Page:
I stared blankly at the lit up screen of my phone. I was reading Lekan’s email again. Maybe I was hoping I was reading it and missing out something. Maybe it was even sent in error.
Lekan? How could Lekan have been planning to leave Nigeria and not tell me? What exactly did he mean by “Move on with your life. Don’t wait for me. ”
I called his best friend, Sola. He confirmed that Lekan had indeed relocated to the USA. Permanently. His mom also said the same. In a sombre tone that sent chills down my spine. My eyes drifted to the calendar hanging on the wall opposite my bed. December 20, 2014. The date on the email showed it had been sent four months ago.
What happened to our plans for this Christmas, Lekan? What happened to us discovering Calabar…together? Sigh.
I hadn’t even told my bestie, Amichi about Lekan’s ‘disappearance’. I could picture the I-told-you-so look on her face already. No man ever made it into her good books since her breakup with Andy. That is gist for another day.
I had hoped this was just a bad dream and I would wake up soon. But very early this morning, my phone rang. I reached out and without even checking who was calling I answered with a very drowsy ‘hello’.
I sat bolt upright in bed as Lekan’s familiar drawl came across from the other end. I launched a barrage of questions at him amidst tears and telling him how much I missed him and….
“Nkechi, stop. Just stop. That’s what I called to tell you. Stop clogging my inbox with your mails. I belong in your past. Stop trying so hard because I have no place in your future. Do you understand?”
The line went dead before any word could squeeze itself past the lump in my throat. Since then, I had been sitting in bed staring at the phone in my hand. My head was aching badly. I wanted to cry but the tears just wouldn’t come. My tongue felt like parchment paper.
I took a deep breath, hit the delete button on the email and dropped the phone on the bed. I moved toward the kitchen to get some water to moisten the dryness in my mouth.
That was when I saw the bottle of aspirin Amichi had left behind on her last visit. Movie scenes flashed before my mind’s eye. Single Black Female, dies of drug overdose. Almost simultaneously, I heard Mama’s voice in my head say “Tufiakwa” as she snapped her fingers above her head.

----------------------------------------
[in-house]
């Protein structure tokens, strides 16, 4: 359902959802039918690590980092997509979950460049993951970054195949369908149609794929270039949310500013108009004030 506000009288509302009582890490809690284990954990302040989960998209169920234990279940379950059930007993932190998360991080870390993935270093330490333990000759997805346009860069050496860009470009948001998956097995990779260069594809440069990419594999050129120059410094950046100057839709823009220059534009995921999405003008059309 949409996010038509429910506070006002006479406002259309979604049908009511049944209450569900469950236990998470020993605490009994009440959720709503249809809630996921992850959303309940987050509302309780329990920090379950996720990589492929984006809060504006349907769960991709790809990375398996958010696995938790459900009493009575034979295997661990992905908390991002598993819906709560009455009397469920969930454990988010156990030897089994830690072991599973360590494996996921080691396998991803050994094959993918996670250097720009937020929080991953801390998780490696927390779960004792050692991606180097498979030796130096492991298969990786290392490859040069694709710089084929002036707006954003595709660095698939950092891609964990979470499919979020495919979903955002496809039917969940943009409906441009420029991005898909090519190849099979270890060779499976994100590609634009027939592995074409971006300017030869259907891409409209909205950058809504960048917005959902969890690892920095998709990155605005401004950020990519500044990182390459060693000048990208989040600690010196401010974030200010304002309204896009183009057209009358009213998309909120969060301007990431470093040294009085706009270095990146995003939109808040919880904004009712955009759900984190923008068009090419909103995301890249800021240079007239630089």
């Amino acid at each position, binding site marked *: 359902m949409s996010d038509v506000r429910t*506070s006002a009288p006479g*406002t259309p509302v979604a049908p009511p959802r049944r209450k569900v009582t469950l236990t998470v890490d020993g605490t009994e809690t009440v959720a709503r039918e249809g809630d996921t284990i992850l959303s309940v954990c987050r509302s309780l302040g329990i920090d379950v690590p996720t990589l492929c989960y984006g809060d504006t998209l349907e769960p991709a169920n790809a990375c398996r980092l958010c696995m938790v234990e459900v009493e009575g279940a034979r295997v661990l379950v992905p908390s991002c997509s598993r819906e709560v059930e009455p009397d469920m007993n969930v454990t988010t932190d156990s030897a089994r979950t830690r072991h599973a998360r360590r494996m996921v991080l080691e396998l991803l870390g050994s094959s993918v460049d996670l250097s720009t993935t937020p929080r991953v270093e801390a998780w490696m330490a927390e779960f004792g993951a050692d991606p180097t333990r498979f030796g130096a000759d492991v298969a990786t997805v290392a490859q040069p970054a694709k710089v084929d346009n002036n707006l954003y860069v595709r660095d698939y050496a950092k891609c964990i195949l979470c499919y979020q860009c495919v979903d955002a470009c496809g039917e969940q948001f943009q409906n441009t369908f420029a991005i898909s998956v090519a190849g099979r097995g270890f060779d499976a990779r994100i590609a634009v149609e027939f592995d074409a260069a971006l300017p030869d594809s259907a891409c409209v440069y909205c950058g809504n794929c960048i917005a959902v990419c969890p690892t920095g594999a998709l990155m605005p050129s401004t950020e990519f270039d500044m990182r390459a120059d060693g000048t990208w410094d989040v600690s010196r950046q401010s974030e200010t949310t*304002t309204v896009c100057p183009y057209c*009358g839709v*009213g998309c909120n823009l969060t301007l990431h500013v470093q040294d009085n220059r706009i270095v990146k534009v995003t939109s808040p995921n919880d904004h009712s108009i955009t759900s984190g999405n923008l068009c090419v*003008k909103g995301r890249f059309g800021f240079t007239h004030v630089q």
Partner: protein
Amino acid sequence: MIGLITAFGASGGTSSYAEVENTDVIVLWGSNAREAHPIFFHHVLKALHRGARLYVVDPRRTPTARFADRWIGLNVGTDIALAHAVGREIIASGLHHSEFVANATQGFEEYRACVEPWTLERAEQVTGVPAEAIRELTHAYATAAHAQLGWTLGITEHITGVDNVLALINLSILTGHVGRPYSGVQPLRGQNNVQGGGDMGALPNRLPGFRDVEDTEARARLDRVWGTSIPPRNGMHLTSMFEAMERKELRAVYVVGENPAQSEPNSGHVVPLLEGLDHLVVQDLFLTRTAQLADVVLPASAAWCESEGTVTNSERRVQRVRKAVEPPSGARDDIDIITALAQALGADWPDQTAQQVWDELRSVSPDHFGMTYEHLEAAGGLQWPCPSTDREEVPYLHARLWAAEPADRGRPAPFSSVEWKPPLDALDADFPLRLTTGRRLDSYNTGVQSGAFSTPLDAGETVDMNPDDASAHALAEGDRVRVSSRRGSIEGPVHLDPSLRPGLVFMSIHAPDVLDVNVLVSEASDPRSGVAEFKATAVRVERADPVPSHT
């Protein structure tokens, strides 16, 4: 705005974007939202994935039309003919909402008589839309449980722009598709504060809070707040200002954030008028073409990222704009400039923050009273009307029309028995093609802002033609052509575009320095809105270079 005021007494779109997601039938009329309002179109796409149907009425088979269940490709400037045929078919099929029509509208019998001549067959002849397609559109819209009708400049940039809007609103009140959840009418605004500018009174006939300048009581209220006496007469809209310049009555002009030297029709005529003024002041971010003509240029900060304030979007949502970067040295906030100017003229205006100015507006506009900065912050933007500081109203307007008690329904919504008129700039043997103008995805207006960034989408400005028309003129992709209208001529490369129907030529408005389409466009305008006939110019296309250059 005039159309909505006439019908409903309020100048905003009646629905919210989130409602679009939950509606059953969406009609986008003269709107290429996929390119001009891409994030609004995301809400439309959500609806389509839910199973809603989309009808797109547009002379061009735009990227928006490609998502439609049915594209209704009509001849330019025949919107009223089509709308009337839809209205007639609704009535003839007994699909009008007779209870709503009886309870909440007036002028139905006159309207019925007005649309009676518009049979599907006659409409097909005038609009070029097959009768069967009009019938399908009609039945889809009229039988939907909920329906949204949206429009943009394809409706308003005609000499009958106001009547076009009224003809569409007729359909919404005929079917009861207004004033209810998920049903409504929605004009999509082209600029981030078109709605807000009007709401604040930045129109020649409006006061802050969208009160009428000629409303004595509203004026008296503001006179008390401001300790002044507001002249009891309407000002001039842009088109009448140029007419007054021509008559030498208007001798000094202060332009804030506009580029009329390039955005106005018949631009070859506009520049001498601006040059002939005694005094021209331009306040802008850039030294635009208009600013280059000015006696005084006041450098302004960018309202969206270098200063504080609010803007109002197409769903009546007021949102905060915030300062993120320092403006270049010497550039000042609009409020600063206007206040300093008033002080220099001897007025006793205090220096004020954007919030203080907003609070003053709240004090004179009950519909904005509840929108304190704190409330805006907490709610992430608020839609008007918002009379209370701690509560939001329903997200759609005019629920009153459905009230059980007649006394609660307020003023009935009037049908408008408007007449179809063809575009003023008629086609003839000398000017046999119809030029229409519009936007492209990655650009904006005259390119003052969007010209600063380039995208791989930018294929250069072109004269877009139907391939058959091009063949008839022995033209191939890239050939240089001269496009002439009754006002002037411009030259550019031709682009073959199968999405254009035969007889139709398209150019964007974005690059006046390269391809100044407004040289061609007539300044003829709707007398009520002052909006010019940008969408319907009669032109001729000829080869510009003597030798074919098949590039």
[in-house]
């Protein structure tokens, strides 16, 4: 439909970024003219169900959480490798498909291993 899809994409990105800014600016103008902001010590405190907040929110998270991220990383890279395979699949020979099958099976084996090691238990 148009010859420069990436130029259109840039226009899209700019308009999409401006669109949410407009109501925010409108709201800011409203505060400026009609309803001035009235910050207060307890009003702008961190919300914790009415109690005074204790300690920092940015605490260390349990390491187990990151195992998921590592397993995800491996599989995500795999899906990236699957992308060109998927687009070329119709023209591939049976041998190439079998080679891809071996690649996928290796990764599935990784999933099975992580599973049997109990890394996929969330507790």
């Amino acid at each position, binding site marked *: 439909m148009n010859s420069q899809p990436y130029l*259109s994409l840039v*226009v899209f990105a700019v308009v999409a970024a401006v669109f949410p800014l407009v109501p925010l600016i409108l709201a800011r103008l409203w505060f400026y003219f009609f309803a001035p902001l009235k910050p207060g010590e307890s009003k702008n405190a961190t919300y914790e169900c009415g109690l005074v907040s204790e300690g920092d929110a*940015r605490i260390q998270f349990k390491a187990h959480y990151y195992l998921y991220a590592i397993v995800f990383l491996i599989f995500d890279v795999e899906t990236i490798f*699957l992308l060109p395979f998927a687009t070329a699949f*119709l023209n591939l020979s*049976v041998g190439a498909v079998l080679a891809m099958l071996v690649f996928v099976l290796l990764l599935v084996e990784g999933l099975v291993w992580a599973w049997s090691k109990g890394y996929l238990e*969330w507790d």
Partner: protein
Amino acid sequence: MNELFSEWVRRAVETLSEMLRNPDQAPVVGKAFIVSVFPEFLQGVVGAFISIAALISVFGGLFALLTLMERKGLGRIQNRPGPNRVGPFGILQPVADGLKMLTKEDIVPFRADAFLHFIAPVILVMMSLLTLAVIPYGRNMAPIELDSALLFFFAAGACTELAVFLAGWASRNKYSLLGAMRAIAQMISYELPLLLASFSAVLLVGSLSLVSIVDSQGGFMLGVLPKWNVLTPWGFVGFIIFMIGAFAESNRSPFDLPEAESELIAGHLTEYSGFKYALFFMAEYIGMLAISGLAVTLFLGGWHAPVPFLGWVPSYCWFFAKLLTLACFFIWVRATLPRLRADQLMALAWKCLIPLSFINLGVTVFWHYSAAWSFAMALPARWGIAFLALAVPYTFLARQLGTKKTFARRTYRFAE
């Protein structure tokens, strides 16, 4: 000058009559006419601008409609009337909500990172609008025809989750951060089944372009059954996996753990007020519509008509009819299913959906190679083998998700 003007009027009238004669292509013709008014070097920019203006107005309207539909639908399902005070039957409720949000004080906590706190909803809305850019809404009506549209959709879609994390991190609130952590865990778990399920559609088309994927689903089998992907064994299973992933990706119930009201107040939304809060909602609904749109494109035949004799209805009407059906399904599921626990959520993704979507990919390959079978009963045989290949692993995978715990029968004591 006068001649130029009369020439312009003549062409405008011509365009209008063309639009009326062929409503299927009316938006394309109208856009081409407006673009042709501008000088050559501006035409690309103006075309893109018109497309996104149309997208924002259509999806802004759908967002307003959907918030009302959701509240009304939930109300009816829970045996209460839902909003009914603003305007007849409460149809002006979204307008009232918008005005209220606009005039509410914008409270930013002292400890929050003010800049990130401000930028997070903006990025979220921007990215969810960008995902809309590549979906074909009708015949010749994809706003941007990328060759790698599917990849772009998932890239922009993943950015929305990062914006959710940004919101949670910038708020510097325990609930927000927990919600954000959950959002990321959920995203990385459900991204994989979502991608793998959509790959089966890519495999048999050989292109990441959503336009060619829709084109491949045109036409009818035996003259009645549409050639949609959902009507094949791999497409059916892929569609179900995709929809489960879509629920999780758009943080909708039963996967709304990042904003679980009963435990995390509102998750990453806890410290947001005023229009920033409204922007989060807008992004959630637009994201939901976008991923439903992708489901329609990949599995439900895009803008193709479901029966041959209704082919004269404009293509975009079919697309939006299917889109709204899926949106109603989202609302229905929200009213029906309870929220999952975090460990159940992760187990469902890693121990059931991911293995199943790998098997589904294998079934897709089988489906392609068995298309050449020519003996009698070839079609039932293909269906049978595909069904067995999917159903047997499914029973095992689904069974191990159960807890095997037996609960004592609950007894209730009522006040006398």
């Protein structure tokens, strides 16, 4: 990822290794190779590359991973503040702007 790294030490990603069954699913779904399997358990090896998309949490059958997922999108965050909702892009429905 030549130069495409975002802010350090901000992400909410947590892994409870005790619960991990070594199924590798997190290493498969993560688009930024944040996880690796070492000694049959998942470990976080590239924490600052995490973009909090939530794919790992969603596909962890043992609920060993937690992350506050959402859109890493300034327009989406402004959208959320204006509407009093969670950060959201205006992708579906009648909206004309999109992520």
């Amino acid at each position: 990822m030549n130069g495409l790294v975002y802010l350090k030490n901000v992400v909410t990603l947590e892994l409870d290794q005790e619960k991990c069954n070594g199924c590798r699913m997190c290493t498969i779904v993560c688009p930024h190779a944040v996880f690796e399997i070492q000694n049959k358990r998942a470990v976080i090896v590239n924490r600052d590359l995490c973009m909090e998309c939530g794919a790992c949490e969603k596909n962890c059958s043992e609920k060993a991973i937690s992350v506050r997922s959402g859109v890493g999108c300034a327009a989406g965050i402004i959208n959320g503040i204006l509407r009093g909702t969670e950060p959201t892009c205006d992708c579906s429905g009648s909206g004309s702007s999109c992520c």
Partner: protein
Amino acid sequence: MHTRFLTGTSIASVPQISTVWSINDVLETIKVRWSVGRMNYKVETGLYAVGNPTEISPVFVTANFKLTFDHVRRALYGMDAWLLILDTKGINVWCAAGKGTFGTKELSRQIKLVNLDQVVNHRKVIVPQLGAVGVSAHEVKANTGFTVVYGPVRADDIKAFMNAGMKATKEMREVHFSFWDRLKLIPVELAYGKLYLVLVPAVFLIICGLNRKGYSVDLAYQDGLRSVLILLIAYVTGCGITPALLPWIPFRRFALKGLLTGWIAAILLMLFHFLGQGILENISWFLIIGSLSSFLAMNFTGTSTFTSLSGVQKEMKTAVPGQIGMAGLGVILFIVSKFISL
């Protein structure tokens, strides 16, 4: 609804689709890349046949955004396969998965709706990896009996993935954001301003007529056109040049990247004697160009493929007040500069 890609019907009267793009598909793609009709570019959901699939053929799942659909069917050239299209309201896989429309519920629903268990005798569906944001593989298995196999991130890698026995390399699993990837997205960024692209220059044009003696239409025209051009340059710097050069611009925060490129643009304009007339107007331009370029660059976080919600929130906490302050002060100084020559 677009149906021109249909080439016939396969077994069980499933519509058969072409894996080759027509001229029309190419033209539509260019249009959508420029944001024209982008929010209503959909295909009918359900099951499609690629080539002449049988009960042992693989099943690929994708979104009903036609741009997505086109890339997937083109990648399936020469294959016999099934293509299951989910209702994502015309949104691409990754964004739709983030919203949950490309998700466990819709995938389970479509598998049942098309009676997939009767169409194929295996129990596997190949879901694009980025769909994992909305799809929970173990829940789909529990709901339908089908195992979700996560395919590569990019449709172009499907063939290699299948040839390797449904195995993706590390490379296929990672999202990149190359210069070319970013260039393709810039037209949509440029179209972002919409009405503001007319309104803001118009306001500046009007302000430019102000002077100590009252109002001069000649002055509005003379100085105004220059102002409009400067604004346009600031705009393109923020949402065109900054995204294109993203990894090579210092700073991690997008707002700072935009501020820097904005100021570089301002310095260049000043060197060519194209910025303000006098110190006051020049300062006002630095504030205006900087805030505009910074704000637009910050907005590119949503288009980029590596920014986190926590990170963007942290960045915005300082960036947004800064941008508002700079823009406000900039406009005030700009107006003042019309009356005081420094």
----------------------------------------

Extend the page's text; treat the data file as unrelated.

A loud knock on the door of my flat interrupted my thoughts. I put the glass down and went to look through the peephole. My next door neighbour, Martin stood there with some other guy, who was standing some way off. His back was turned to me. I opened the door.
“Hey, Nkechi. Sorry to disturb you. I need the spark plug spanner you used to fix my generator yesterday. My friend needs it for his car.”
“Okay. Sure. ”
His friend was facing the doorway when I returned with the spanner. Squinting, in light of the setting sun, I noticed they both wore matching black t-shirts with bold red lettering on the front.
He pushed his glasses farther up on his aquiline Hausa Fulani nose.
“Nkechi? Wow. I didn’t know it was you! I had no idea you lived here.” He pronounced my name “Inkechi”
” You know each other? ” Martin looked at both of us, surprised and amused.
” Yes.” said Farouk. “She works in my branch. Customer service. ”
I had never seen Farouk in anything other than those funny looking tweed suits he wore to work. Thankfully, he was out of sight of our customers as he worked in the computer room. I only saw him during the weekly meetings every Monday. My eyes travelled up from his converse shoes to his jeans to the black t-shirt. A pair of nicely sculpted biceps was straining through the sleeves.
“I’ve never seen you before….apart from at work, I mean.” He continued, his eyes drinking in my appearance.